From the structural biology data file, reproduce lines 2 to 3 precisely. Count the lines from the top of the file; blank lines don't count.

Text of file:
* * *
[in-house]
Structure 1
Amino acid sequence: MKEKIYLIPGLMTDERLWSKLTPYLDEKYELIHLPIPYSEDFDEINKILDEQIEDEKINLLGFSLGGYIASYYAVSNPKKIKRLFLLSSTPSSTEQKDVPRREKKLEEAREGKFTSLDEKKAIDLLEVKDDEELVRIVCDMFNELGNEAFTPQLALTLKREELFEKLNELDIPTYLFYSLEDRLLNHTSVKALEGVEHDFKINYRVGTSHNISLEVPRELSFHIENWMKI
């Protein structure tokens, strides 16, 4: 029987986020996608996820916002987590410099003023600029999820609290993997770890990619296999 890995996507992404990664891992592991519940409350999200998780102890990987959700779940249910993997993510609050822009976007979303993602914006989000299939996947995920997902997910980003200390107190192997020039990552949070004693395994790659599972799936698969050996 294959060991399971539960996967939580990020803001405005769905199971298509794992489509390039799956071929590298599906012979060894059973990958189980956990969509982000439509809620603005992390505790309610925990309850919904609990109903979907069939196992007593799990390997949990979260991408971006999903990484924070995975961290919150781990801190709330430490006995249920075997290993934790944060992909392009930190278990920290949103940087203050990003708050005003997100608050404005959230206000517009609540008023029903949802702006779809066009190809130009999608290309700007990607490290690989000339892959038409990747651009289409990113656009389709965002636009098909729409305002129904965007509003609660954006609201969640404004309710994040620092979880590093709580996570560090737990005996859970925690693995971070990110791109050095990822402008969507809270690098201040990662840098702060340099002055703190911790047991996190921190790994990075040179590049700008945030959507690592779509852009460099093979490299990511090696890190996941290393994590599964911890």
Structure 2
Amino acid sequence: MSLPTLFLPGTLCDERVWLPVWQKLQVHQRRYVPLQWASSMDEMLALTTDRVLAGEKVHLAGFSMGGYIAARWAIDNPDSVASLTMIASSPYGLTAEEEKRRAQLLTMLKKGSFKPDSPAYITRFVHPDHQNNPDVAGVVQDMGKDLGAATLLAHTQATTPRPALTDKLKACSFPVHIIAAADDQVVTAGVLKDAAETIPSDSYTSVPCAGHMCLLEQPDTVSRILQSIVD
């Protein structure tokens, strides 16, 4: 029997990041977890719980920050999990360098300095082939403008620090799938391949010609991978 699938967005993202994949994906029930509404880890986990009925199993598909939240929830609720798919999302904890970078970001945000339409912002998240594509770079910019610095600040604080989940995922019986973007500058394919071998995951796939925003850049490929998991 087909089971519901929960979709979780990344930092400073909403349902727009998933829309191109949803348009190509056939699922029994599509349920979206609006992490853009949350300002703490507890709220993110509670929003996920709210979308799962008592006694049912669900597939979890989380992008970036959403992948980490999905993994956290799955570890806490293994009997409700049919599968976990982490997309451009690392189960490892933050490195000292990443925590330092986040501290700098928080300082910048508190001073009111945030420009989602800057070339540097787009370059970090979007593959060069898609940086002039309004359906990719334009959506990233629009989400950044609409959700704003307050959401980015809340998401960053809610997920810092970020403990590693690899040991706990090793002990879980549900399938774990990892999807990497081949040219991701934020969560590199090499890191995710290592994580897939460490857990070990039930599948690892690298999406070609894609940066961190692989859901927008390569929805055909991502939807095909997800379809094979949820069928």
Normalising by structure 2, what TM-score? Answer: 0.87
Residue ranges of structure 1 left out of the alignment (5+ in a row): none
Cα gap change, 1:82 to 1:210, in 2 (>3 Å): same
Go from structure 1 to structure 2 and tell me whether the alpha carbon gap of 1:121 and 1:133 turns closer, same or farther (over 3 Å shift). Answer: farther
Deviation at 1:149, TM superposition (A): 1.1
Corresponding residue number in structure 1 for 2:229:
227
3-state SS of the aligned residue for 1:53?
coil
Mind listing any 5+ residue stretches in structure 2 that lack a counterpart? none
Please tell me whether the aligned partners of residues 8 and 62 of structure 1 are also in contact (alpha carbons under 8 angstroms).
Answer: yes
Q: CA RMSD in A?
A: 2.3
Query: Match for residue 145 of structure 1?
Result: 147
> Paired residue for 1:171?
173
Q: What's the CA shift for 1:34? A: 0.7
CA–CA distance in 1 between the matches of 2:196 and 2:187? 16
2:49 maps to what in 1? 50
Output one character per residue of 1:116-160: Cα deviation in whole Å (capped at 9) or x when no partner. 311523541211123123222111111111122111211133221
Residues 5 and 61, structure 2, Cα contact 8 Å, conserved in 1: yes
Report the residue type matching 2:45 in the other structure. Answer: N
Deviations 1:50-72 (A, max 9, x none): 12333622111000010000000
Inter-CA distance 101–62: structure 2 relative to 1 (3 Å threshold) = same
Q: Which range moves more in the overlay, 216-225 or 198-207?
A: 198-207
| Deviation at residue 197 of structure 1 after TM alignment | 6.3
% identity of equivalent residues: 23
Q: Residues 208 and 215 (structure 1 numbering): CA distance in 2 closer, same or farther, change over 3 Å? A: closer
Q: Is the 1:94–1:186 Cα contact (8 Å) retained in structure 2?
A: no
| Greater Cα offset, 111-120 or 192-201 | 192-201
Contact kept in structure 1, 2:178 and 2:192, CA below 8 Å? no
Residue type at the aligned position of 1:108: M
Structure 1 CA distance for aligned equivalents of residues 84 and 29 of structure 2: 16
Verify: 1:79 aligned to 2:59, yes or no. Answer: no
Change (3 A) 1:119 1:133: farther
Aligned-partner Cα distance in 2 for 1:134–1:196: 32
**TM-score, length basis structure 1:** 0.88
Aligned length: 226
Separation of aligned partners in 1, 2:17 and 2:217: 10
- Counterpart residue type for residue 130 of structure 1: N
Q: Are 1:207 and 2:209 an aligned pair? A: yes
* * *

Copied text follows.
Structure 1
Amino acid sequence: MKEKIYLIPGLMTDERLWSKLTPYLDEKYELIHLPIPYSEDFDEINKILDEQIEDEKINLLGFSLGGYIASYYAVSNPKKIKRLFLLSSTPSSTEQKDVPRREKKLEEAREGKFTSLDEKKAIDLLEVKDDEELVRIVCDMFNELGNEAFTPQLALTLKREELFEKLNELDIPTYLFYSLEDRLLNHTSVKALEGVEHDFKINYRVGTSHNISLEVPRELSFHIENWMKI